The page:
‘Coffee pulp can be a cost-effective forest restoration strategy’

By Rachel Arthur

- Last updated on GMT


Related tags Coffee

Coffee pulp – a waste product in coffee production – could be used to speed up recovery of tropical forests on post-agricultural land, according to researchers.

Coffee pulp – the residual parts of coffee left over after separating the seed from the fruit components – comprises of some 50% of the weight of a typical coffee harvest. Yet it is commonly treated as a waste product.

The nutritionally rich coffee pulp contains high levels of carbohydrates, crude protein, and lignin with a low pH – making it a valuable compost.

‘There were striking differences between the coffee pulp and control treatments’

With previous studies showing that orange waste could be used to recover forest on abandoned pasteurs in Costa Rica, researchers from ETH-Zurich and the University of Hawai`i investigated whether coffee pulp could have the same effect.

They treated an area of 35m x 40m with coffee pulp, alongside an untreated control area, in Coto Brus county in southern Costa Rica.

After two years the coffee pulp treated area had 80% canopy cover compared to 20% in the control area. The canopy in the coffee pulp area was also four times taller than that of the control area, while the coffee pulp area developed into a 'small forest/ compared to the limited non-native pasture grasses in the control plot.

Researchers say that the half-metre layer of coffee pulp succeeded in eliminating the invasive pasture grasses found in Costa Rica, instead allowing seeds from native tree species to take hold and grow.

The researchers also found that nutrients including carbon, nitrogen and phosphorus were 'significantly elevated' in the coffee pulp treated area compared to the control: an important factor given that former tropical agricultural land is often highly degraded and poor soil quality can delay forest re-growing for decades).

In the study, coffee pulp was sourced from a local farm, although the researchers note that transportation costs, feasibility and emissions would have to be taken into account in other contexts. Application would also need to be limited to relatively flat land where risk of runoff impacting watersheds can be managed. And more research will be needed to see if the results are replicated over different land conditions and over periods of time.

“Within the first two years, there were striking differences between the coffee pulp and control treatments,” ​note the authors. “Caveats notwithstanding, this study points up the significant potential for using agricultural waste to jump start forest succession on degraded tropical lands.”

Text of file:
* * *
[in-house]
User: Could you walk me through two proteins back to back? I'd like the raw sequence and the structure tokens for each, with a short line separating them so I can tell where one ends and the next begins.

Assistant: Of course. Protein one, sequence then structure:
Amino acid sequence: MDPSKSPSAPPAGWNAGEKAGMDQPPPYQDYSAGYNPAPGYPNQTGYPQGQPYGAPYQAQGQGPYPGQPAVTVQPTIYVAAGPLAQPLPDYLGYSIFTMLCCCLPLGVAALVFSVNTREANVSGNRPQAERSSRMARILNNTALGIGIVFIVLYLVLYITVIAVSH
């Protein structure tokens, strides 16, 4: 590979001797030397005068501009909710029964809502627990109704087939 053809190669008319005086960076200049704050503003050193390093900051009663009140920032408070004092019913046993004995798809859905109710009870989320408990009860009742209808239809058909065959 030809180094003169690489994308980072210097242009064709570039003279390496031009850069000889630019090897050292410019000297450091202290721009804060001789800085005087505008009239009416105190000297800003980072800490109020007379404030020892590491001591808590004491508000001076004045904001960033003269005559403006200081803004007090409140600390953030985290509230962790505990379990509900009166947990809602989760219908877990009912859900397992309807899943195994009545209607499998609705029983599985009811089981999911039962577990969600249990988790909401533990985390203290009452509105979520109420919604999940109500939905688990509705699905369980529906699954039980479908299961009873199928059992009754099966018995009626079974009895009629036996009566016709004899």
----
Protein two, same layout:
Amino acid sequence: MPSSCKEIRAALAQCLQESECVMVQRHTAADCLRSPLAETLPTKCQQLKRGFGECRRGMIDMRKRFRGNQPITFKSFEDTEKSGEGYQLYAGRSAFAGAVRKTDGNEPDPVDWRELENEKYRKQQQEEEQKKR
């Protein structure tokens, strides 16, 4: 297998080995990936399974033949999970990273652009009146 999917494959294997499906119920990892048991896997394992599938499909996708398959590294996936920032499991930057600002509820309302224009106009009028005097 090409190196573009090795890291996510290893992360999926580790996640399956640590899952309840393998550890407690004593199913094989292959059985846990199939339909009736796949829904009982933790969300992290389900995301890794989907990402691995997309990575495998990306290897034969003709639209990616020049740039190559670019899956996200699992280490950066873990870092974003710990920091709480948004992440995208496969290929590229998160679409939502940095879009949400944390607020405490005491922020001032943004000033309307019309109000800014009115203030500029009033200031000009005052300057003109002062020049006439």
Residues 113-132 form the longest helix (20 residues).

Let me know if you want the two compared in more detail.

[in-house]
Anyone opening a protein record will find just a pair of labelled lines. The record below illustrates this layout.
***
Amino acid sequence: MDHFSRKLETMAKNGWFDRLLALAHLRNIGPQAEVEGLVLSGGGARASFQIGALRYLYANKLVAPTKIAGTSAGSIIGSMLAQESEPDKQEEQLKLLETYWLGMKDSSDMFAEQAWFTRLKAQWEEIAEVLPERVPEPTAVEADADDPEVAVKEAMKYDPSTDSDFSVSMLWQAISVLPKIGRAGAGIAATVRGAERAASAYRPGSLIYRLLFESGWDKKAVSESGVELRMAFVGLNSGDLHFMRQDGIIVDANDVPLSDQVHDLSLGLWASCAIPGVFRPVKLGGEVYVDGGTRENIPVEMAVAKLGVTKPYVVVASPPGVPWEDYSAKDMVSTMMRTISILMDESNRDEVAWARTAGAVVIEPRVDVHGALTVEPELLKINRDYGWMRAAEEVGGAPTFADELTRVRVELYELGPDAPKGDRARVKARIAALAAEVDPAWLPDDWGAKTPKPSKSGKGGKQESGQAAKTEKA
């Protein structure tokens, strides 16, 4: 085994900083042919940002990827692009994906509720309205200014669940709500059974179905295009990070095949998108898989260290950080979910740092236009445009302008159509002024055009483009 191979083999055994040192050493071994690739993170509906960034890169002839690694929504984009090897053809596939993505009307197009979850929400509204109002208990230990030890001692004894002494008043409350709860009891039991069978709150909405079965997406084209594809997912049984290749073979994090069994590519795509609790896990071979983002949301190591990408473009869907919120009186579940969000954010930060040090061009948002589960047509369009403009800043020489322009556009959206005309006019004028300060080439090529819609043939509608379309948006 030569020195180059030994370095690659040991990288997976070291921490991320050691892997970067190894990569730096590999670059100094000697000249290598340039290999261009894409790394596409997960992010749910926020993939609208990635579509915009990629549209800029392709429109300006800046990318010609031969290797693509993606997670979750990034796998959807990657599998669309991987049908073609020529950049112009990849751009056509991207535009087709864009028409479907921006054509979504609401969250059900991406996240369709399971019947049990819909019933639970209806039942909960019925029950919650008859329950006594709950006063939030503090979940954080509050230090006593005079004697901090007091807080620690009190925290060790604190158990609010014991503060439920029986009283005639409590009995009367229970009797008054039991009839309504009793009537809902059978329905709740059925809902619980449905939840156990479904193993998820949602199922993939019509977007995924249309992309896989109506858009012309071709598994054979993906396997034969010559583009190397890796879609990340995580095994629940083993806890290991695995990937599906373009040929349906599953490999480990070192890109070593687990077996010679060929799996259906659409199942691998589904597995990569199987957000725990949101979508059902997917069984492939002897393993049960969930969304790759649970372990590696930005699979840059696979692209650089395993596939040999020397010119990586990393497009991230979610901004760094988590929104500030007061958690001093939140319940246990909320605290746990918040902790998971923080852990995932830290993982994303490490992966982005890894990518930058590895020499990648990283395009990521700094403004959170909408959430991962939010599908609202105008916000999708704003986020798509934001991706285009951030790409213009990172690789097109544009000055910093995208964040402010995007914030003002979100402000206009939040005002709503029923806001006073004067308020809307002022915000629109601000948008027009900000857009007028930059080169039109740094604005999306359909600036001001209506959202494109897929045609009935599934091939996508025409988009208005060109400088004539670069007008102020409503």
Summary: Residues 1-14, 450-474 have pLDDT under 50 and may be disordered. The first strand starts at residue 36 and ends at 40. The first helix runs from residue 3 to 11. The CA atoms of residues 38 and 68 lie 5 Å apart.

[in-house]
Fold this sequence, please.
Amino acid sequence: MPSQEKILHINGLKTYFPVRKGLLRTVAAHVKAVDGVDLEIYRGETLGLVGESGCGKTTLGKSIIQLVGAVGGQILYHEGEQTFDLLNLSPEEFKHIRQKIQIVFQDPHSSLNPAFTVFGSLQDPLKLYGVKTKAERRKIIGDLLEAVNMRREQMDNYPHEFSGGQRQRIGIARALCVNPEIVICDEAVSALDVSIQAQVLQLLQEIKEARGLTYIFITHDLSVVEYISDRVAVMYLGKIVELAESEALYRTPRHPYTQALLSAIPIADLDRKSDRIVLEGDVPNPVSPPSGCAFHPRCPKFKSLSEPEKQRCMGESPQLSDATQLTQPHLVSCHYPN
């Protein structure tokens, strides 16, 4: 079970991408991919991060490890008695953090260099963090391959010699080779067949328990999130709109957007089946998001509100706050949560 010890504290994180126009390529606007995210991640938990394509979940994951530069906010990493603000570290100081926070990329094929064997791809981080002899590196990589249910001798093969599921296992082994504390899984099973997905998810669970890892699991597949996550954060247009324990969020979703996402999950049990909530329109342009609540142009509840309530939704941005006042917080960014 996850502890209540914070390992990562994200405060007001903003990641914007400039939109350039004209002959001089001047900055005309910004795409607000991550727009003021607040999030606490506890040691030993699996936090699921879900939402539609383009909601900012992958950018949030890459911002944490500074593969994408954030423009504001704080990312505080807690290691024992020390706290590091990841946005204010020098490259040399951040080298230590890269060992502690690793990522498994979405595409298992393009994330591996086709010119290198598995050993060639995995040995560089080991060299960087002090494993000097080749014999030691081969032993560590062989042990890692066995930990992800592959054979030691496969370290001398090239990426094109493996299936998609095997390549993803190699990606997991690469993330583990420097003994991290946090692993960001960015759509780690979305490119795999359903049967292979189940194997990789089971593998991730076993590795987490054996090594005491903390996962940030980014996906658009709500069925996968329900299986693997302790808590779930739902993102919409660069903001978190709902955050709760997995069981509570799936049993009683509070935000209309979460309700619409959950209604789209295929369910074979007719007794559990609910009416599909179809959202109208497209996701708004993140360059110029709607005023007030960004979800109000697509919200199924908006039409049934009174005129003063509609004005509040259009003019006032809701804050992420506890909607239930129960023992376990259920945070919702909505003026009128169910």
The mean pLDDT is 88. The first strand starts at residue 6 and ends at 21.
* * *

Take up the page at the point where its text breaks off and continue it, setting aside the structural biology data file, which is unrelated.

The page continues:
Ultimately, the technique could even be applied to other waste products from large scale production. 

"We hope our study is a jumping off point for other researchers and industries to take a look at how they might make their production more efficient by creating links to the global restoration movement."

Coffee pulp: from waste to resource

The composition of coffee pulp has made it an interesting by-product for development in multiple uses. And yet if badly handled, it can have a major environmental impact on water, soil, flora and fauna: and so management presents a challenge to coffee producing regions around the world - particularly given the sheer volume produced every year as farmers seek to meet demand for the bean from coffee-loving nations. 

Coffee pulp can be used as a fertilizer, while alternative uses of have ranged from animal feed (fermented coffee pulp can improve nutritional value) and biotechnology (for example, vinegar production, enzyme production and caffeine degradation).

In the food industry, its high iron content, high polyphenol and antioxidant content and high levels of dietary fiber also make it interesting to brands looking to create functional and fortified products.

In the UK, The Coffee Cherry Co. has been upcycling pulp as milled cherry flour and selling it as an ingredient for use in beverage​, bakery and confectionery applications. And Nestlé Australia has used upcycled coffee berries as the base for its Nescafé NATIV Cascara​– an ‘adult social beverage’ described as ‘floral and fruity’ but less sugary than most sodas.

Study source:​ Cole, RJ, Zahawi, RA. Coffee pulp accelerates early tropical forest succession on old fields. Ecol Solut Evidence​. 2021; 2:e12054. https://doi.org/10.1002/2688-8319.12054